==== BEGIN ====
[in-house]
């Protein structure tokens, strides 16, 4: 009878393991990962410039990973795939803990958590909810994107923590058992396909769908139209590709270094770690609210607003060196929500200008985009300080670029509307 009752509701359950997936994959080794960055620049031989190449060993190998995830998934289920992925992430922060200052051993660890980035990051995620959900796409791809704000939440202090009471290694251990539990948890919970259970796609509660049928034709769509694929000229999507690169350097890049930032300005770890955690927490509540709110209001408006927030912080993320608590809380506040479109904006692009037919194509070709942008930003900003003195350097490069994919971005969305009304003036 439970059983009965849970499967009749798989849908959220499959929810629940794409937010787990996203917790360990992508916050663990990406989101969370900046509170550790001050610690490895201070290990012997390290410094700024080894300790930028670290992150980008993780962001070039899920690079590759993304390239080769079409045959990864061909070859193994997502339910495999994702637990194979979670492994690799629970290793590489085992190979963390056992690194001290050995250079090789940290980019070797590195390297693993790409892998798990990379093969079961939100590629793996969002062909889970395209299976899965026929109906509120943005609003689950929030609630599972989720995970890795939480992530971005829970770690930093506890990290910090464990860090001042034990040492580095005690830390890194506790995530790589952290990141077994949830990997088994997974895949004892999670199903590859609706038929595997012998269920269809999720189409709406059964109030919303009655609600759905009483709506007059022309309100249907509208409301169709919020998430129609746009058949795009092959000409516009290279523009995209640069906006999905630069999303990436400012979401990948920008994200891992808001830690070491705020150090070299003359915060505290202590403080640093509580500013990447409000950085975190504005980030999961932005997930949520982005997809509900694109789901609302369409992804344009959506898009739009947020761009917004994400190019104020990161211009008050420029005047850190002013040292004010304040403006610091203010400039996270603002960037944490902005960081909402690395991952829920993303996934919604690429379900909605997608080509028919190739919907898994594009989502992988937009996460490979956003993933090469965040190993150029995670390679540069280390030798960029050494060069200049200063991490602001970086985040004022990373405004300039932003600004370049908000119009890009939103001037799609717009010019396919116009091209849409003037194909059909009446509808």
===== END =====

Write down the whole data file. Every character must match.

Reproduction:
[in-house]
């Protein structure tokens, strides 16, 4: 009878393991990962410039990973795939803990958590909810994107923590058992396909769908139209590709270094770690609210607003060196929500200008985009300080670029509307 009752509701359950997936994959080794960055620049031989190449060993190998995830998934289920992925992430922060200052051993660890980035990051995620959900796409791809704000939440202090009471290694251990539990948890919970259970796609509660049928034709769509694929000229999507690169350097890049930032300005770890955690927490509540709110209001408006927030912080993320608590809380506040479109904006692009037919194509070709942008930003900003003195350097490069994919971005969305009304003036 439970059983009965849970499967009749798989849908959220499959929810629940794409937010787990996203917790360990992508916050663990990406989101969370900046509170550790001050610690490895201070290990012997390290410094700024080894300790930028670290992150980008993780962001070039899920690079590759993304390239080769079409045959990864061909070859193994997502339910495999994702637990194979979670492994690799629970290793590489085992190979963390056992690194001290050995250079090789940290980019070797590195390297693993790409892998798990990379093969079961939100590629793996969002062909889970395209299976899965026929109906509120943005609003689950929030609630599972989720995970890795939480992530971005829970770690930093506890990290910090464990860090001042034990040492580095005690830390890194506790995530790589952290990141077994949830990997088994997974895949004892999670199903590859609706038929595997012998269920269809999720189409709406059964109030919303009655609600759905009483709506007059022309309100249907509208409301169709919020998430129609746009058949795009092959000409516009290279523009995209640069906006999905630069999303990436400012979401990948920008994200891992808001830690070491705020150090070299003359915060505290202590403080640093509580500013990447409000950085975190504005980030999961932005997930949520982005997809509900694109789901609302369409992804344009959506898009739009947020761009917004994400190019104020990161211009008050420029005047850190002013040292004010304040403006610091203010400039996270603002960037944490902005960081909402690395991952829920993303996934919604690429379900909605997608080509028919190739919907898994594009989502992988937009996460490979956003993933090469965040190993150029995670390679540069280390030798960029050494060069200049200063991490602001970086985040004022990373405004300039932003600004370049908000119009890009939103001037799609717009010019396919116009091209849409003037194909059909009446509808």